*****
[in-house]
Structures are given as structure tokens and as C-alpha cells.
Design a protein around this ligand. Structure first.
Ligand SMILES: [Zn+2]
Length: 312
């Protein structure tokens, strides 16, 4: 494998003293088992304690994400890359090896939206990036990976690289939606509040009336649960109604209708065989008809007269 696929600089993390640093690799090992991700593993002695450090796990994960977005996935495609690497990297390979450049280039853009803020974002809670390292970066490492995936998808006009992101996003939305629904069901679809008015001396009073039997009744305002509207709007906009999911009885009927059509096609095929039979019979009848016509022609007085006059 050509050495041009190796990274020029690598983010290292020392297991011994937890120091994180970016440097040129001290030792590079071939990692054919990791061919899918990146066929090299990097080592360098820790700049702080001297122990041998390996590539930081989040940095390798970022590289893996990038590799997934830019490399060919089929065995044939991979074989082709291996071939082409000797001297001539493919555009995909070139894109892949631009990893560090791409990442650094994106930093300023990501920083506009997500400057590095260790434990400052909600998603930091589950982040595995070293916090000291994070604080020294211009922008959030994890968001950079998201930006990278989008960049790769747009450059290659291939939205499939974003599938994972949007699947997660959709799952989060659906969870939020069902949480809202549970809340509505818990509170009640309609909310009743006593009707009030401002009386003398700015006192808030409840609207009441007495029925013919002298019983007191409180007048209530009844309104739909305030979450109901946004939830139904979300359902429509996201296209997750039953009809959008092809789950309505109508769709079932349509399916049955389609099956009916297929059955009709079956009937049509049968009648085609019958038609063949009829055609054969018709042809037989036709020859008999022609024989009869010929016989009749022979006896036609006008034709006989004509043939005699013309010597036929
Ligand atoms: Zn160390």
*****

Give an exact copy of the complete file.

[in-house]
Structures are given as structure tokens and as C-alpha cells.
Design a protein around this ligand. Structure first.
Ligand SMILES: [Zn+2]
Length: 312
């Protein structure tokens, strides 16, 4: 494998003293088992304690994400890359090896939206990036990976690289939606509040009336649960109604209708065989008809007269 696929600089993390640093690799090992991700593993002695450090796990994960977005996935495609690497990297390979450049280039853009803020974002809670390292970066490492995936998808006009992101996003939305629904069901679809008015001396009073039997009744305002509207709007906009999911009885009927059509096609095929039979019979009848016509022609007085006059 050509050495041009190796990274020029690598983010290292020392297991011994937890120091994180970016440097040129001290030792590079071939990692054919990791061919899918990146066929090299990097080592360098820790700049702080001297122990041998390996590539930081989040940095390798970022590289893996990038590799997934830019490399060919089929065995044939991979074989082709291996071939082409000797001297001539493919555009995909070139894109892949631009990893560090791409990442650094994106930093300023990501920083506009997500400057590095260790434990400052909600998603930091589950982040595995070293916090000291994070604080020294211009922008959030994890968001950079998201930006990278989008960049790769747009450059290659291939939205499939974003599938994972949007699947997660959709799952989060659906969870939020069902949480809202549970809340509505818990509170009640309609909310009743006593009707009030401002009386003398700015006192808030409840609207009441007495029925013919002298019983007191409180007048209530009844309104739909305030979450109901946004939830139904979300359902429509996201296209997750039953009809959008092809789950309505109508769709079932349509399916049955389609099956009916297929059955009709079956009937049509049968009648085609019958038609063949009829055609054969018709042809037989036709020859008999022609024989009869010929016989009749022979006896036609006008034709006989004509043939005699013309010597036929
Ligand atoms: Zn160390």